Freedom ! twin-sister of Virtue, thou brightest of all the spirits that descended in the train of Religion from the throne of God; thou, that leadest up man again to the early glories of his being; angel, from the circle of whose presence happiness spreads like the sun-light over the darkness of the land ! at the waving of whose sceptre, knowledge, and peace, and fortitude, and wisdom, stoop upon the wing; at the voice of whose trumpet the more than grave is broken, and slavery gives up her dead; when shall I see thy coming? When shall I hear thy summons upon the
mountains of my country, and rejoice in the regeneration and glory of the sons of Judah ?
I have traversed nations; and as I set my foot upon their boundary, I have said, Freedom is not here! I saw the naked hill, the morass steaming with death, the field covered with weedy fallow, the silky thicket encumbering the land ; -I saw the still more infallible signs, the downcast visage, the form degraded at once by loathsome indolence and desperate poverty ; the peasant cheerless and feeble in his field, the wolfish robber, the population of the cities crowded into huts and cells, with pestilence for their fellow ;-I saw the contumely of man to man, the furious vindictiveness of popular rage; and I pronounced at the moment, This people is not free.
In the republics of heathen antiquity, the helot, the client sold for the extortion of the patron, and the born bondsman lingering out life in thankless toil, at once put to flight all conceptions of freedom. In the midst of altars fuming to liberty, of harangues glowing with the most pompous protestations of scorn for servitude, of crowds inflated with the presumption that they disdained a master, the eye was insulted with the perpetual chain. The temple of Liberty was built upon the dungeon.-Rome came, and unconsciously, avenged the insulted name of freedom ; the master and the slave were bowed together; the dungeon was made the common dwelling of all.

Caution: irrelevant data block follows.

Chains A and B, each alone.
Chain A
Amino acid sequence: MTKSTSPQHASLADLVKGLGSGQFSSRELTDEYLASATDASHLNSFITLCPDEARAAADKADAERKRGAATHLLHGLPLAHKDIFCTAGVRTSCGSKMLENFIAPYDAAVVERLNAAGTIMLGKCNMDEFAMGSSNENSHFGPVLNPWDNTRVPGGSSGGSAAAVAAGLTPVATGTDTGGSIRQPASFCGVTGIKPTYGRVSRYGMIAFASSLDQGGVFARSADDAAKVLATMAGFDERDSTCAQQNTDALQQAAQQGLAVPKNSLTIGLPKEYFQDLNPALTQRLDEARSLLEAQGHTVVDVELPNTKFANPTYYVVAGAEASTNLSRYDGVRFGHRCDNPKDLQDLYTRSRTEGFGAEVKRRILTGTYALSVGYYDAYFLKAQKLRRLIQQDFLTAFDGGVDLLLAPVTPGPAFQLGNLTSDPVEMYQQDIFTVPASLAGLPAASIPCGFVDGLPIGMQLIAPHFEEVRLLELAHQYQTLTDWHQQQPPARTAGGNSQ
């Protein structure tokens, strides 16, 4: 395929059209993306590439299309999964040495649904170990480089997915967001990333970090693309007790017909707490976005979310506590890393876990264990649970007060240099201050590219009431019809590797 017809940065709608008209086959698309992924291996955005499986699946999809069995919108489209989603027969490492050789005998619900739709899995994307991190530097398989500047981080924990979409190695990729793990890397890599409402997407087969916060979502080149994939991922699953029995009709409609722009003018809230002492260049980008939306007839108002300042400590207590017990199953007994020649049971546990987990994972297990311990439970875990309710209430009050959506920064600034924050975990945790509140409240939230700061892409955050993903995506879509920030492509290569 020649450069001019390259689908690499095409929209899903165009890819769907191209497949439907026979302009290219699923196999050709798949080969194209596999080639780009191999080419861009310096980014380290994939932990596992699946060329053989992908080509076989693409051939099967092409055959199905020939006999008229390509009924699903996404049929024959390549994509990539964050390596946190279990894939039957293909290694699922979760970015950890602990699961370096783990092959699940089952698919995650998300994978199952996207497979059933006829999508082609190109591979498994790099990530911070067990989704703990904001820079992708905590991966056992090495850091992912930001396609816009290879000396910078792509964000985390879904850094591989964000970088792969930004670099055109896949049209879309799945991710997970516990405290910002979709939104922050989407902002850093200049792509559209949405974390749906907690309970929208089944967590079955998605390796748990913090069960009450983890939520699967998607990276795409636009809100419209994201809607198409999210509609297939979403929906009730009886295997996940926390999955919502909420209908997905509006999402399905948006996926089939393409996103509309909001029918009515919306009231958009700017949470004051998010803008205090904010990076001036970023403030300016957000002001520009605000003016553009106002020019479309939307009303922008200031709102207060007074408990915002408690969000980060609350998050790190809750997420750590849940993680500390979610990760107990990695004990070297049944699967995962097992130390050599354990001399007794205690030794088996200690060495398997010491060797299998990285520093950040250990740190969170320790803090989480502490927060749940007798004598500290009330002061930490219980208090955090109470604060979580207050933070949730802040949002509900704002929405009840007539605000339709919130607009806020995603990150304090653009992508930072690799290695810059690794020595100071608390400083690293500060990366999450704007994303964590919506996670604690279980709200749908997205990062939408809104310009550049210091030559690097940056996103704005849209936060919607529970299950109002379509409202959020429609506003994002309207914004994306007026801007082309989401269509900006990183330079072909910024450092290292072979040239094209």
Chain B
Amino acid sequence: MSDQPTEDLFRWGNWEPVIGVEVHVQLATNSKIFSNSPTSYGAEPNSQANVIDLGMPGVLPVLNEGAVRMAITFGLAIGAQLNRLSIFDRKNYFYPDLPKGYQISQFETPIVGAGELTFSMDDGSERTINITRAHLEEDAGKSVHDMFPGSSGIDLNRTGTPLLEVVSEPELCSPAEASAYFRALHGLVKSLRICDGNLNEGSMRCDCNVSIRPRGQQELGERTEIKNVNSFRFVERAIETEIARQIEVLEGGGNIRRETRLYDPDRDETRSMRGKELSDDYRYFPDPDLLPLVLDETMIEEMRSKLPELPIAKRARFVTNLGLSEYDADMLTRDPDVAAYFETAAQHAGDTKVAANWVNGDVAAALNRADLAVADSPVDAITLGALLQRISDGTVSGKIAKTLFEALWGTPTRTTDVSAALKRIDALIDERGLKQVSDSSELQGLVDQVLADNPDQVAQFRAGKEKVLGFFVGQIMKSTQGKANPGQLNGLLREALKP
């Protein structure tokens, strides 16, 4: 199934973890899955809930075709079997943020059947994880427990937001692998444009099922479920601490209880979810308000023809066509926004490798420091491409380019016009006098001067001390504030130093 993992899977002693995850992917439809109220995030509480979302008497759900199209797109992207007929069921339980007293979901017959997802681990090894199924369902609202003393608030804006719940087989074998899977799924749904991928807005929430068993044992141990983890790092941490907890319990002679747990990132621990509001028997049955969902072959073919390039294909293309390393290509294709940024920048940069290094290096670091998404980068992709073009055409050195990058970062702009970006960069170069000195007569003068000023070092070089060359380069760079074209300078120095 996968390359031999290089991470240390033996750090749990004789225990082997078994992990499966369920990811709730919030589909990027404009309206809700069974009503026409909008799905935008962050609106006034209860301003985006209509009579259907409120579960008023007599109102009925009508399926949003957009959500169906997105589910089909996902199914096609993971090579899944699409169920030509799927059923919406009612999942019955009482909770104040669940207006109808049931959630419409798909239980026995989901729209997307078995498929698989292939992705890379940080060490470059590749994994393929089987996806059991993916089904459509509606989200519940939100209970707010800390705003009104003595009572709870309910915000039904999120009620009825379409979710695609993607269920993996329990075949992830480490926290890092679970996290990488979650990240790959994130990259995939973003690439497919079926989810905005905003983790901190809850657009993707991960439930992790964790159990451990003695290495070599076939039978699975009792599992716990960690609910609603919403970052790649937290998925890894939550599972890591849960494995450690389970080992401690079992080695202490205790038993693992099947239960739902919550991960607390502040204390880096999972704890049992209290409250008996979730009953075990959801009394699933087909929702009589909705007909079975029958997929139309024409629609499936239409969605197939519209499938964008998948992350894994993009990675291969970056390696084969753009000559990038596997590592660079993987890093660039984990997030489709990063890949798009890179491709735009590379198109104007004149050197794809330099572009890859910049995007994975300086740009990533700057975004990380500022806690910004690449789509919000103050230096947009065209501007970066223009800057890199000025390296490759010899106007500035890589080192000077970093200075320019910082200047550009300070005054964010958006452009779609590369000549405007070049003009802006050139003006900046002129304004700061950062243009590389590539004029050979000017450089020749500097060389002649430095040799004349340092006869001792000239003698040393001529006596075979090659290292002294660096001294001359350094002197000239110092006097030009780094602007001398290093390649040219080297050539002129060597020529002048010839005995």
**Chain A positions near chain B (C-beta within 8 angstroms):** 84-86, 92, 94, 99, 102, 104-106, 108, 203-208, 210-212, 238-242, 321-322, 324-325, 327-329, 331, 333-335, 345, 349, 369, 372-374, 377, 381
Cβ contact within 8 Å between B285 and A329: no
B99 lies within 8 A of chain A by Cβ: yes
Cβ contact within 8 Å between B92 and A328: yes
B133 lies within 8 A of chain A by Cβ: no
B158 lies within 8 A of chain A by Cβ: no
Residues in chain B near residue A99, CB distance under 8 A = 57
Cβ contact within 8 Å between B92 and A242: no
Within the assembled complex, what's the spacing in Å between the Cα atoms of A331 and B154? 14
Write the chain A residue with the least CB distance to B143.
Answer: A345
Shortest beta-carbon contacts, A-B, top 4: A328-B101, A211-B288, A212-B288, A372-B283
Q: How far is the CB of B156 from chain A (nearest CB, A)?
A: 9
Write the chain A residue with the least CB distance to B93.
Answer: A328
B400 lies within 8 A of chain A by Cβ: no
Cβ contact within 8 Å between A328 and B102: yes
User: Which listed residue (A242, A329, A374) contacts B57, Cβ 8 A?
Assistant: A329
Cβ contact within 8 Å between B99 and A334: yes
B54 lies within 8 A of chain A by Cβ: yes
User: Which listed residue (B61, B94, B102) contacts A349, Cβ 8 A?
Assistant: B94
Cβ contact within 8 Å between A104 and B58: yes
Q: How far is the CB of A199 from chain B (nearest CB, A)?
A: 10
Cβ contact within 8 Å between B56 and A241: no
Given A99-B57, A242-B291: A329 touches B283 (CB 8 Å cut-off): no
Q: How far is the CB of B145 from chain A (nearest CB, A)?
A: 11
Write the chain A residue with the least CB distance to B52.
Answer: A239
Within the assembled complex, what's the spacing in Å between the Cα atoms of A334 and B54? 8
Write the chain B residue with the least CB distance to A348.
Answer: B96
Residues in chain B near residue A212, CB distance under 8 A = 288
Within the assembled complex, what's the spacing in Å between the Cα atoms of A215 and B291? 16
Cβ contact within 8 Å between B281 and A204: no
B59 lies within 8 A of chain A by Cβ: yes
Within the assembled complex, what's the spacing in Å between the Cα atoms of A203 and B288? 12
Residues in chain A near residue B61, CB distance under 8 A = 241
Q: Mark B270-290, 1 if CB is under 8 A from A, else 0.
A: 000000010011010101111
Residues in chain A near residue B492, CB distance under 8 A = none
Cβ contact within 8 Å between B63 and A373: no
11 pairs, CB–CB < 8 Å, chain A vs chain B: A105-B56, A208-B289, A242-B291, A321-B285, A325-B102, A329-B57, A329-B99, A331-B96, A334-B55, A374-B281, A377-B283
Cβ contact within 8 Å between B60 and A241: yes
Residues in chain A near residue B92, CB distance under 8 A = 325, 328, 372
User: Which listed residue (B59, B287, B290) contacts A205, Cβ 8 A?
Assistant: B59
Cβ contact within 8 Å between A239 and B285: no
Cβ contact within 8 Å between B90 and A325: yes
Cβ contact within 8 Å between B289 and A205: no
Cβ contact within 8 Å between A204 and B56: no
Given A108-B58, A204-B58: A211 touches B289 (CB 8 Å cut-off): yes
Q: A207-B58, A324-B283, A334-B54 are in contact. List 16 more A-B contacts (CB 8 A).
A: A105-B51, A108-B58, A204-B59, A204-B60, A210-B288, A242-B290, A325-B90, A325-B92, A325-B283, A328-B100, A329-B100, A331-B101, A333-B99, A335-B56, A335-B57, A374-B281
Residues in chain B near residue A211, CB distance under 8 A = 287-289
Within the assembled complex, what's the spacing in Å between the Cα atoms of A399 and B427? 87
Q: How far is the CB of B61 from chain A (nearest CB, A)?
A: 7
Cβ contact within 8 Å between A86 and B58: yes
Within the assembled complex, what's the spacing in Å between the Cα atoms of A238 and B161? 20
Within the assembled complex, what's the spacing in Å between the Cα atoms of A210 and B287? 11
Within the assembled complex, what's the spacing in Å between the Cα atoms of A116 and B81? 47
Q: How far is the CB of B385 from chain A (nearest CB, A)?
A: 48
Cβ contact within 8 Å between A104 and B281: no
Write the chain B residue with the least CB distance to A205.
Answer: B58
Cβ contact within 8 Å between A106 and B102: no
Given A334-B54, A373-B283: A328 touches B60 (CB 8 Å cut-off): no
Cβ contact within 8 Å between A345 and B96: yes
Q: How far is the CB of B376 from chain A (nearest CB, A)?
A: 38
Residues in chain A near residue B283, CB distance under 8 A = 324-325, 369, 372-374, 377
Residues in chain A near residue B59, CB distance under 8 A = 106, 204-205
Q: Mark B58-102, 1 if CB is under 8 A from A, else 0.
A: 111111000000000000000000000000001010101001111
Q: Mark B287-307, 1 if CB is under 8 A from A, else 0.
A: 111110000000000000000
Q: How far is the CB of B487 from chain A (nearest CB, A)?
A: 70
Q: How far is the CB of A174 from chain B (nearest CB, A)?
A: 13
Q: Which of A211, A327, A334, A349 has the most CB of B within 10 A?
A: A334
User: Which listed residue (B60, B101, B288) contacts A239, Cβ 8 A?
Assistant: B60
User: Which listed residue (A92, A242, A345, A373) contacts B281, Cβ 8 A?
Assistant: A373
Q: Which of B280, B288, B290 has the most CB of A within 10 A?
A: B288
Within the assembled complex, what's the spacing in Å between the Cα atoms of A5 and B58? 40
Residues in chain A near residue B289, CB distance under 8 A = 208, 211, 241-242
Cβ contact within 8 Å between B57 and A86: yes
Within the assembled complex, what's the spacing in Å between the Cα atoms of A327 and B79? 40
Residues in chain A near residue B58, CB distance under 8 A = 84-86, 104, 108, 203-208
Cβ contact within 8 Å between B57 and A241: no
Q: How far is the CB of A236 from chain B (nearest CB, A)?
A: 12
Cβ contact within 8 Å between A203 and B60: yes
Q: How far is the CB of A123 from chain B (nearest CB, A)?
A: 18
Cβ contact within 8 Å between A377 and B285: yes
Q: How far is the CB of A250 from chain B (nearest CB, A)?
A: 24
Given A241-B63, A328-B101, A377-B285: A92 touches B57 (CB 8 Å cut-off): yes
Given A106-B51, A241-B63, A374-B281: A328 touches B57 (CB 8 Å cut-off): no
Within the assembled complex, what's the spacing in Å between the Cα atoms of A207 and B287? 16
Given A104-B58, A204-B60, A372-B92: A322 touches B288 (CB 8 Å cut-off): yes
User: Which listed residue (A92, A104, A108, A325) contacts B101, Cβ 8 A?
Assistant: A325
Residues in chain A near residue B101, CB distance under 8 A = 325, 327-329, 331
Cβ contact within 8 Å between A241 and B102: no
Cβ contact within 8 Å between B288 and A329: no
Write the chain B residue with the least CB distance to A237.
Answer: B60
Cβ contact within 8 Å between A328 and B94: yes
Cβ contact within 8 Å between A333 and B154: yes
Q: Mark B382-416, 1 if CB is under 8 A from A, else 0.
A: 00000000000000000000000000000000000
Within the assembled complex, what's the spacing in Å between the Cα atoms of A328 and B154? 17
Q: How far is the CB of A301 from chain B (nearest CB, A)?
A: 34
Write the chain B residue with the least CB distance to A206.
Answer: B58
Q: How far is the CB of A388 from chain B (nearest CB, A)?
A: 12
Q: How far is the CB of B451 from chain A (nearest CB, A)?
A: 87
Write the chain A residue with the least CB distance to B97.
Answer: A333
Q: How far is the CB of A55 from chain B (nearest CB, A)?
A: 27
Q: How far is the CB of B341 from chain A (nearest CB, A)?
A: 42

SONG OF THE PILGRIM S.
Leave behind our native shore,
The deep may dash, the winds may blow,
Still, as long as life shall last,
For we would rather never be,
Blasts of heaven, onward sweep !
O, see what wonders meet our eyes !
Here, at length, our feet shall rest,
As long as yonder firs shall spread
Shall those cliffs and mountains be
THE SURVIVING WORTHIES OF THE REVOLUTION. Extract from an Oration delivered at Cambridge, July 4, 1826, by
Let us not forget, on the return of this eventful day, the men, who, when the conflict of counsel was over, stood forward in that of arms. Yet let me not, by faintly endeavouring to sketch, do deep injustice to the story of their exploits. The efforts of a life would scarce suffice to paint out this picture, in all its astonishing incidents, in all its mingled colours of sublimity and wo, of agony and triumph.
But the age of commemoration is at hand. The voice of our fathers' blood begins to cry to us, from beneath the soil which it moistened. Time is bringing forward, in their proper relief, the men and the deeds of that high